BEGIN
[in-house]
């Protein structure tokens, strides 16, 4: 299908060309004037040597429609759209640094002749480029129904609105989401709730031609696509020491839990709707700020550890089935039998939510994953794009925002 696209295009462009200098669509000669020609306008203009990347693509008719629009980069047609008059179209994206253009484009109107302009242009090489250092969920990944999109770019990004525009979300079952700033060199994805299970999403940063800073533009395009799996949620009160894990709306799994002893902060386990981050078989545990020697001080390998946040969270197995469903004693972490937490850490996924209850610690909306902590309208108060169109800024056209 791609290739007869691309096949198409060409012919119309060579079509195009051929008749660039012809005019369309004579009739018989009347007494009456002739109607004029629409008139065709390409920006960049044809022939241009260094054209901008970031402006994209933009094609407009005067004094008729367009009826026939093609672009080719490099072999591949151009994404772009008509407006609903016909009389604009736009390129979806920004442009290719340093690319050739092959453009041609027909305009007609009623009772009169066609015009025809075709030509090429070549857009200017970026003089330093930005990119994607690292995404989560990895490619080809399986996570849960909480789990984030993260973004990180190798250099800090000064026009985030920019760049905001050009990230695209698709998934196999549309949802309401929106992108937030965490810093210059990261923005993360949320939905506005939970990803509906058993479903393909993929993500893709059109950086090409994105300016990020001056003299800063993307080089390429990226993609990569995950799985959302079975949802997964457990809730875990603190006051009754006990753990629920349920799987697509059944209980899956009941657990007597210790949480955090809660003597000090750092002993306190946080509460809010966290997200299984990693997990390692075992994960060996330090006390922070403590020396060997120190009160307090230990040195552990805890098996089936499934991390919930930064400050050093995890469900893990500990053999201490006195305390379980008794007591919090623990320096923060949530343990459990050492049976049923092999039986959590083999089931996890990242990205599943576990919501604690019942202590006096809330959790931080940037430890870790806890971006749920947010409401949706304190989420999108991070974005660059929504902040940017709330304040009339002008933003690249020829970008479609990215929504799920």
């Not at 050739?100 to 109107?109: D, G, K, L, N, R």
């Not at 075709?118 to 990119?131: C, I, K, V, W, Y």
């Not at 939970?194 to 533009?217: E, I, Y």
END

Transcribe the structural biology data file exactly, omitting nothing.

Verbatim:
[in-house]
């Protein structure tokens, strides 16, 4: 299908060309004037040597429609759209640094002749480029129904609105989401709730031609696509020491839990709707700020550890089935039998939510994953794009925002 696209295009462009200098669509000669020609306008203009990347693509008719629009980069047609008059179209994206253009484009109107302009242009090489250092969920990944999109770019990004525009979300079952700033060199994805299970999403940063800073533009395009799996949620009160894990709306799994002893902060386990981050078989545990020697001080390998946040969270197995469903004693972490937490850490996924209850610690909306902590309208108060169109800024056209 791609290739007869691309096949198409060409012919119309060579079509195009051929008749660039012809005019369309004579009739018989009347007494009456002739109607004029629409008139065709390409920006960049044809022939241009260094054209901008970031402006994209933009094609407009005067004094008729367009009826026939093609672009080719490099072999591949151009994404772009008509407006609903016909009389604009736009390129979806920004442009290719340093690319050739092959453009041609027909305009007609009623009772009169066609015009025809075709030509090429070549857009200017970026003089330093930005990119994607690292995404989560990895490619080809399986996570849960909480789990984030993260973004990180190798250099800090000064026009985030920019760049905001050009990230695209698709998934196999549309949802309401929106992108937030965490810093210059990261923005993360949320939905506005939970990803509906058993479903393909993929993500893709059109950086090409994105300016990020001056003299800063993307080089390429990226993609990569995950799985959302079975949802997964457990809730875990603190006051009754006990753990629920349920799987697509059944209980899956009941657990007597210790949480955090809660003597000090750092002993306190946080509460809010966290997200299984990693997990390692075992994960060996330090006390922070403590020396060997120190009160307090230990040195552990805890098996089936499934991390919930930064400050050093995890469900893990500990053999201490006195305390379980008794007591919090623990320096923060949530343990459990050492049976049923092999039986959590083999089931996890990242990205599943576990919501604690019942202590006096809330959790931080940037430890870790806890971006749920947010409401949706304190989420999108991070974005660059929504902040940017709330304040009339002008933003690249020829970008479609990215929504799920």
């Not at 050739?100 to 109107?109: D, G, K, L, N, R």
């Not at 075709?118 to 990119?131: C, I, K, V, W, Y």
């Not at 939970?194 to 533009?217: E, I, Y």